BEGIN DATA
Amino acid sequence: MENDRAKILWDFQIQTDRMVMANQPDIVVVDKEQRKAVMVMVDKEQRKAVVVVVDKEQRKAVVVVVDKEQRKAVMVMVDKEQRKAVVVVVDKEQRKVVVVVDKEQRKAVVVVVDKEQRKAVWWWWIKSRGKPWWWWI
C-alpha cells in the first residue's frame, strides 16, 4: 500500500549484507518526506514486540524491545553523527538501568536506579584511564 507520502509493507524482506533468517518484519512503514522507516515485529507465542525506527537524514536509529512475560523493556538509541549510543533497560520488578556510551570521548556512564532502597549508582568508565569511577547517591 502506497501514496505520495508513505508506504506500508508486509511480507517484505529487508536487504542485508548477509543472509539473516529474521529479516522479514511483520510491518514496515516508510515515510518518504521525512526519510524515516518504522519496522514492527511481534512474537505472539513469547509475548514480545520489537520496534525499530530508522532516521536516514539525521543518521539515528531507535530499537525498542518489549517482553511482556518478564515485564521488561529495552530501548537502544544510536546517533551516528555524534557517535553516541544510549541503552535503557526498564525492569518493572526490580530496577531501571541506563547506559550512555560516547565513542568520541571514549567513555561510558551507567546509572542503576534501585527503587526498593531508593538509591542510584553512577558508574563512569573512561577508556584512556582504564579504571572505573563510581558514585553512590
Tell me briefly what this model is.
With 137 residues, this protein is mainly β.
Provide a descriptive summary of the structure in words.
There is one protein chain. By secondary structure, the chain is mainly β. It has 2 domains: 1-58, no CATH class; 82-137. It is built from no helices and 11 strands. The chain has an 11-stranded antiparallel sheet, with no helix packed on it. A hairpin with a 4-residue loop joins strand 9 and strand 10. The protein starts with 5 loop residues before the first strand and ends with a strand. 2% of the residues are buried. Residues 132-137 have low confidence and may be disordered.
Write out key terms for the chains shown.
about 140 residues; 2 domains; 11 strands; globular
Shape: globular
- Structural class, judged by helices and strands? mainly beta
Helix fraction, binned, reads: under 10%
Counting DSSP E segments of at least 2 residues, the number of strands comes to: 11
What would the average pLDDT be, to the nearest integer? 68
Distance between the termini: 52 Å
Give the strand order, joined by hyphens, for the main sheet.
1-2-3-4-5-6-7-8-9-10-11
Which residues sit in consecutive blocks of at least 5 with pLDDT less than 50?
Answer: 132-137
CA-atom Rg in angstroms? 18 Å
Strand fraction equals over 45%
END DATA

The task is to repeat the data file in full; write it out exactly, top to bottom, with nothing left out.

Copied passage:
Amino acid sequence: MENDRAKILWDFQIQTDRMVMANQPDIVVVDKEQRKAVMVMVDKEQRKAVVVVVDKEQRKAVVVVVDKEQRKAVMVMVDKEQRKAVVVVVDKEQRKVVVVVDKEQRKAVVVVVDKEQRKAVWWWWIKSRGKPWWWWI
C-alpha cells in the first residue's frame, strides 16, 4: 500500500549484507518526506514486540524491545553523527538501568536506579584511564 507520502509493507524482506533468517518484519512503514522507516515485529507465542525506527537524514536509529512475560523493556538509541549510543533497560520488578556510551570521548556512564532502597549508582568508565569511577547517591 502506497501514496505520495508513505508506504506500508508486509511480507517484505529487508536487504542485508548477509543472509539473516529474521529479516522479514511483520510491518514496515516508510515515510518518504521525512526519510524515516518504522519496522514492527511481534512474537505472539513469547509475548514480545520489537520496534525499530530508522532516521536516514539525521543518521539515528531507535530499537525498542518489549517482553511482556518478564515485564521488561529495552530501548537502544544510536546517533551516528555524534557517535553516541544510549541503552535503557526498564525492569518493572526490580530496577531501571541506563547506559550512555560516547565513542568520541571514549567513555561510558551507567546509572542503576534501585527503587526498593531508593538509591542510584553512577558508574563512569573512561577508556584512556582504564579504571572505573563510581558514585553512590
Tell me briefly what this model is.
With 137 residues, this protein is mainly β.
Provide a descriptive summary of the structure in words.
There is one protein chain. By secondary structure, the chain is mainly β. It has 2 domains: 1-58, no CATH class; 82-137. It is built from no helices and 11 strands. The chain has an 11-stranded antiparallel sheet, with no helix packed on it. A hairpin with a 4-residue loop joins strand 9 and strand 10. The protein starts with 5 loop residues before the first strand and ends with a strand. 2% of the residues are buried. Residues 132-137 have low confidence and may be disordered.
Write out key terms for the chains shown.
about 140 residues; 2 domains; 11 strands; globular
Shape: globular
- Structural class, judged by helices and strands? mainly beta
Helix fraction, binned, reads: under 10%
Counting DSSP E segments of at least 2 residues, the number of strands comes to: 11
What would the average pLDDT be, to the nearest integer? 68
Distance between the termini: 52 Å
Give the strand order, joined by hyphens, for the main sheet.
1-2-3-4-5-6-7-8-9-10-11
Which residues sit in consecutive blocks of at least 5 with pLDDT less than 50?
Answer: 132-137
CA-atom Rg in angstroms? 18 Å
Strand fraction equals over 45%